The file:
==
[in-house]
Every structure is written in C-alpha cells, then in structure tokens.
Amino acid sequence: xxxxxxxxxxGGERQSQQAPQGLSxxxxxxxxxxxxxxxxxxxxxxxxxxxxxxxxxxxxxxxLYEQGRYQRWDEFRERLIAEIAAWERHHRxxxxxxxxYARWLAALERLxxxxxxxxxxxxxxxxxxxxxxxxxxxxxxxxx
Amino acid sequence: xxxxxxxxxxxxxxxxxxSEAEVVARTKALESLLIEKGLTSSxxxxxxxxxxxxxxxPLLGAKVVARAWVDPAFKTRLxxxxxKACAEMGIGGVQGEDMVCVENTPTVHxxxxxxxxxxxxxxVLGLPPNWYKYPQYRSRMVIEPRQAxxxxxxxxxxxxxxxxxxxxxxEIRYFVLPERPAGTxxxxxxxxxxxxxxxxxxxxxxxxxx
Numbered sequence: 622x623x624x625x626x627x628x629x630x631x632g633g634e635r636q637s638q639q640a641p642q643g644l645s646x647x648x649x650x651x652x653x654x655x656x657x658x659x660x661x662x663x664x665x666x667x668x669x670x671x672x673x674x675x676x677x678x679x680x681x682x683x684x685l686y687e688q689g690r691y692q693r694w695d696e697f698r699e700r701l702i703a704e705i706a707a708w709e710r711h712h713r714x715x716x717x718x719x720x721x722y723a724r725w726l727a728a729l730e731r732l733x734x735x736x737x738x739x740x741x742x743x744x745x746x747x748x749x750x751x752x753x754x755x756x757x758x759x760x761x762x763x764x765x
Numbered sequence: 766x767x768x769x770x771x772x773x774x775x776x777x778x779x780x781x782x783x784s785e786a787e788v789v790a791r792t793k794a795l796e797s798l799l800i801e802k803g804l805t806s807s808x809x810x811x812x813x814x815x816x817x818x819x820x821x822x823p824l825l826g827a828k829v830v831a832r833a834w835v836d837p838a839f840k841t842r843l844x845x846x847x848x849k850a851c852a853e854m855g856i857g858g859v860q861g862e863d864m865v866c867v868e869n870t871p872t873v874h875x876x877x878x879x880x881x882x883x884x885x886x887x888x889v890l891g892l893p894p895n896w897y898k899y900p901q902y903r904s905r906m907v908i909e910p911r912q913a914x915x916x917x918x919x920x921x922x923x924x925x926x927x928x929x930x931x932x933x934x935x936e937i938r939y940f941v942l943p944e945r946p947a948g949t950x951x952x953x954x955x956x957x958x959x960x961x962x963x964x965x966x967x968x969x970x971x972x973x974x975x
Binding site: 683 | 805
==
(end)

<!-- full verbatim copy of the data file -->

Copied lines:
[in-house]
Every structure is written in C-alpha cells, then in structure tokens.
Amino acid sequence: xxxxxxxxxxGGERQSQQAPQGLSxxxxxxxxxxxxxxxxxxxxxxxxxxxxxxxxxxxxxxxLYEQGRYQRWDEFRERLIAEIAAWERHHRxxxxxxxxYARWLAALERLxxxxxxxxxxxxxxxxxxxxxxxxxxxxxxxxx
Amino acid sequence: xxxxxxxxxxxxxxxxxxSEAEVVARTKALESLLIEKGLTSSxxxxxxxxxxxxxxxPLLGAKVVARAWVDPAFKTRLxxxxxKACAEMGIGGVQGEDMVCVENTPTVHxxxxxxxxxxxxxxVLGLPPNWYKYPQYRSRMVIEPRQAxxxxxxxxxxxxxxxxxxxxxxEIRYFVLPERPAGTxxxxxxxxxxxxxxxxxxxxxxxxxx
Numbered sequence: 622x623x624x625x626x627x628x629x630x631x632g633g634e635r636q637s638q639q640a641p642q643g644l645s646x647x648x649x650x651x652x653x654x655x656x657x658x659x660x661x662x663x664x665x666x667x668x669x670x671x672x673x674x675x676x677x678x679x680x681x682x683x684x685l686y687e688q689g690r691y692q693r694w695d696e697f698r699e700r701l702i703a704e705i706a707a708w709e710r711h712h713r714x715x716x717x718x719x720x721x722y723a724r725w726l727a728a729l730e731r732l733x734x735x736x737x738x739x740x741x742x743x744x745x746x747x748x749x750x751x752x753x754x755x756x757x758x759x760x761x762x763x764x765x
Numbered sequence: 766x767x768x769x770x771x772x773x774x775x776x777x778x779x780x781x782x783x784s785e786a787e788v789v790a791r792t793k794a795l796e797s798l799l800i801e802k803g804l805t806s807s808x809x810x811x812x813x814x815x816x817x818x819x820x821x822x823p824l825l826g827a828k829v830v831a832r833a834w835v836d837p838a839f840k841t842r843l844x845x846x847x848x849k850a851c852a853e854m855g856i857g858g859v860q861g862e863d864m865v866c867v868e869n870t871p872t873v874h875x876x877x878x879x880x881x882x883x884x885x886x887x888x889v890l891g892l893p894p895n896w897y898k899y900p901q902y903r904s905r906m907v908i909e910p911r912q913a914x915x916x917x918x919x920x921x922x923x924x925x926x927x928x929x930x931x932x933x934x935x936e937i938r939y940f941v942l943p944e945r946p947a948g949t950x951x952x953x954x955x956x957x958x959x960x961x962x963x964x965x966x967x968x969x970x971x972x973x974x975x
Binding site: 683 | 805